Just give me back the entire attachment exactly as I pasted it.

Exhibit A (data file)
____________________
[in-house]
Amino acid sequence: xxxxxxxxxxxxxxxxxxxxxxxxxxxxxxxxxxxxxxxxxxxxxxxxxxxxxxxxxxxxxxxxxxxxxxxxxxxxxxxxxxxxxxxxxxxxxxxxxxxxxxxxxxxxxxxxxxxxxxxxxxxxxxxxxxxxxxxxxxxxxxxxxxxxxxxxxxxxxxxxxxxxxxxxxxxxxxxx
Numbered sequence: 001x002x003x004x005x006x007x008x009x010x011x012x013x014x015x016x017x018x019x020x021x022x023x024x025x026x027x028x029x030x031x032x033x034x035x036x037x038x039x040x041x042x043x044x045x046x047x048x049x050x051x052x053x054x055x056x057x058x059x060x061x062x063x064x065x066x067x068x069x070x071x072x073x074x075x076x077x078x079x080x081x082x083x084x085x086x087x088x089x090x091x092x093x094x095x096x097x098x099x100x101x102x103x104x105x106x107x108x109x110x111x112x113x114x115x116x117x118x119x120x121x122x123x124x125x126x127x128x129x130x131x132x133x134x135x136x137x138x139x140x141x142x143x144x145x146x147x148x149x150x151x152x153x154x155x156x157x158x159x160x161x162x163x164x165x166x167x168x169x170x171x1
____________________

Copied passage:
[in-house]
Amino acid sequence: xxxxxxxxxxxxxxxxxxxxxxxxxxxxxxxxxxxxxxxxxxxxxxxxxxxxxxxxxxxxxxxxxxxxxxxxxxxxxxxxxxxxxxxxxxxxxxxxxxxxxxxxxxxxxxxxxxxxxxxxxxxxxxxxxxxxxxxxxxxxxxxxxxxxxxxxxxxxxxxxxxxxxxxxxxxxxxxx
Numbered sequence: 001x002x003x004x005x006x007x008x009x010x011x012x013x014x015x016x017x018x019x020x021x022x023x024x025x026x027x028x029x030x031x032x033x034x035x036x037x038x039x040x041x042x043x044x045x046x047x048x049x050x051x052x053x054x055x056x057x058x059x060x061x062x063x064x065x066x067x068x069x070x071x072x073x074x075x076x077x078x079x080x081x082x083x084x085x086x087x088x089x090x091x092x093x094x095x096x097x098x099x100x101x102x103x104x105x106x107x108x109x110x111x112x113x114x115x116x117x118x119x120x121x122x123x124x125x126x127x128x129x130x131x132x133x134x135x136x137x138x139x140x141x142x143x144x145x146x147x148x149x150x151x152x153x154x155x156x157x158x159x160x161x162x163x164x165x166x167x168x169x170x171x1